The New Economic Zone
Winning the War on Waste The Laguna Lake Ecology Center delivers a win-win solution to Laguna Lake’s pollution problem
BY JOYCE REYES-AGUILA
Ahealthy planet depends on all of us.” In a few, powerful words, the United Nations Environment
Programme is able to underscore not only the urgency to act for the well-being of the world, but also on the need to do it in a unified manner. For despite geographical distance and differences, the resources of the planet are all interconnected. The conservation efforts in one area will be worthless if we push another area to the brink of destruction.
It is with this pressing need to act in concert that the Laguna Lake Ecology Center (LLEC) has been proposed. The awareness of the lake’s role in the ecosystem of the country’s capital is increasing, especially with current government efforts to develop it as a balanced and vibrant economic zone. The third-largest freshwater in Southeast Asia is facing challenges brought about by land conversion, pollution, and watershed destruction. And the negative impacts are affecting many of the country’s most vulnerable populations, including those who depend on Laguna Lake for food and livelihood.
The current stressed state of the multiuse lake will have long-term effects that can adversely impact the country’s entire ecosystem, including the more progressive cities that fringe the lake’s waters. Waste management is one of the main priority areas. If accomplished, it will address the polluted waters of the lake, which is caused primarily by the dumping of unprocessed sewerage. A recent study of the World Health Organization revealed that while 83% of the households surrounding the lake have mobile
phones, only 73% have working toilets.
The LLEC is seeking to create a unified area for Metro Manila’s waste-to-energy requirements.
Its establishment will provide a stage to generate clean energy via solar and wind power and promote ecotourism at the same time. Waste-toenergy efforts, according to the United States Energy Information Administration (USEIA), can process municipal waste that includes biomass or biogenic (plant or animal products), food waste, non-combustible materials, and non-biomass combustible materials to produce
energy. LLEC’s waste-to-energy site is planned by a consortium among energy technology provider and project financier Hitachi Zosen Corporation, property developer and co-project financier Triangle Mint Corporation, waste management and environmental consultant Snowy Mountains Engineering Corporation (SMEC), and reclamation methodology and management consultant Surbana Jurong.
The 500-hectare site already has a zoning plan. In it, energy from waste plants and ancillary facilities will share the complex with solar panels, a Venice complex, as well as a theme park to support its ecotourism goals. The theme park will house a hotel complex, museum, wind turbines, and a wind farm. The office of the Laguna de Bay Development is also keen on tapping the transportation routes of the waters of Laguna de Bay to bring visitors to and from the many cities in Metro Manila, as well as the surrounding provinces of Cavite, Rizal, and Laguna. These areas are known for their historical sites, natural wonders, and lifestyle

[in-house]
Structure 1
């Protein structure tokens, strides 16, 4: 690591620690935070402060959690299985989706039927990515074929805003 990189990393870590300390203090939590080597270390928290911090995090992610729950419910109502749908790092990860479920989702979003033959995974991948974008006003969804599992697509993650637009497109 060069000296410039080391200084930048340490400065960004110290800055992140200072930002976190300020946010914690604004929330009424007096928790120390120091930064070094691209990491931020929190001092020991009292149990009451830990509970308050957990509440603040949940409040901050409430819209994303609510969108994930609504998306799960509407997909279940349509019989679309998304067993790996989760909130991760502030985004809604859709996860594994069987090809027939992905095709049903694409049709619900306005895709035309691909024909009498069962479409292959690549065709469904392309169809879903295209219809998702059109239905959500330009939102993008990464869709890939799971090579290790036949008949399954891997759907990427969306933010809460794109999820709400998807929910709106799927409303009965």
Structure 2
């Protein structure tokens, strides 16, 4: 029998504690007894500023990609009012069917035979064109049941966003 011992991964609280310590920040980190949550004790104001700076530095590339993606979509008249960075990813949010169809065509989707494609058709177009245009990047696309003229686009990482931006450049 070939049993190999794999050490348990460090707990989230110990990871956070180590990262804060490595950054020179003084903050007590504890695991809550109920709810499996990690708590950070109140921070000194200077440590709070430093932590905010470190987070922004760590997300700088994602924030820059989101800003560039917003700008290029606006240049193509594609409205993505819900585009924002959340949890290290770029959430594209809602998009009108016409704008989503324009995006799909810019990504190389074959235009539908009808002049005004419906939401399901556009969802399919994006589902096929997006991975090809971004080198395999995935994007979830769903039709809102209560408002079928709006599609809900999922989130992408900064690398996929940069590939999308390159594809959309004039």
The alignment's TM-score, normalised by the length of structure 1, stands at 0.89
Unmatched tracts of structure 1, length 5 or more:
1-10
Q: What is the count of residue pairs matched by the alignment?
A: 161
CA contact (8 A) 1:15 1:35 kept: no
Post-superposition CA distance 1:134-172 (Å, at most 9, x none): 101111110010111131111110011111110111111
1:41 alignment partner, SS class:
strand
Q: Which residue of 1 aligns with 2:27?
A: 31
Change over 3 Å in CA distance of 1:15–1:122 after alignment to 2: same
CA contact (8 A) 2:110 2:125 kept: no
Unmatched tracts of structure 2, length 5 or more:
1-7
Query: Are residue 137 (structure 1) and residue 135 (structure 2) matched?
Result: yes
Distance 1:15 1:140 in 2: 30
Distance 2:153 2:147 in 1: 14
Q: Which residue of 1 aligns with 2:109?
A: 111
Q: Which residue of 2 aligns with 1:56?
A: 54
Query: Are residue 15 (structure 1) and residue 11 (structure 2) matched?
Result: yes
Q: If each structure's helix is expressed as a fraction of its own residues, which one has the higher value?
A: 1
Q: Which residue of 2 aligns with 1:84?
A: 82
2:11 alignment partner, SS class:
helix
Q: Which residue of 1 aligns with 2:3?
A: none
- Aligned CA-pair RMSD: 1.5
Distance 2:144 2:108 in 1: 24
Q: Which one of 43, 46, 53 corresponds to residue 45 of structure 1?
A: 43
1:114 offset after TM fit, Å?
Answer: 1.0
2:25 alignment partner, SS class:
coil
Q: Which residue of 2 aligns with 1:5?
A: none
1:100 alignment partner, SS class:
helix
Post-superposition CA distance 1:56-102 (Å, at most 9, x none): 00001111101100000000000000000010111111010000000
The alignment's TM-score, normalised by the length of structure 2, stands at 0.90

THE LAGUNA LAKE ECOLOGY CENTER IS SEEKING TO CREATE
A UNIFIED AREA FOR MET RO MANILA’S WASTE-TO-ENERGY
REQUIREMENTS. ITS ESTABLISHMENT WILL PROVIDE A
STAGE TO GENERATE CLEAN ENERGY VIA SOLAR AND WIND
POWER AND PROMOTE ECOTOURISM AT THE SAME TIME.
The concept of waste-to-energy facilities and tourism being combined has been applied in different countries. As many of us know, hotels and restaurants generate waste and play a pivotal role in its correct management. Exposing citizens to institutions that practice environmentally sound waste management practices contributes to their education and awareness.
In Sweden, in line with the people’s desire to be kretsloppssamhället, or a society that chooses to reuse,
waste-to-energy efforts is one of its pillars. And according to Enviro Sweden on envirosweden.se, they allow visitors to visit the site so they can understand how sorting of waste has “proven to be a prerequisite for recovering useful material from waste and ensuring hazardous waste does not go astray.” They welcome over 10,000 guests into their treatment sites every year, with the belief that “seeing is believing,” and people learn when they are able “to see, smell, or talk to the operators managing” the site.
The London EcoPark also holds tours to its facilities to enable the public to see how household waste that cannot be recycled is converted to electricity. The 40-acre site is managed by the London Energy Ltd., responsible for providing waste management services to seven North London boroughs. Aside from a waste-to-energy facility, it also houses a compost center, waste transfer, and bulk recycling center.
In the Philippines, the proposed Laguna Lake Ecology Center is aligned with President Rodrigo
Duterte’s plan of exploring waste-to-energy facilities, which he talked about in his 2017 State of the Nation address. In it, he mentioned the availability of technology to address the waste disposal challenges of the country. Solid waste facilities are already available for some municipalities in Metro Manila, such as Quezon City. Private corporations, foreign governments, and international organizations are also establishing partnerships to build facilities such as the LLEC to promote renewable energy in countries like the Philippines where urbanization and economic development is ever increasing.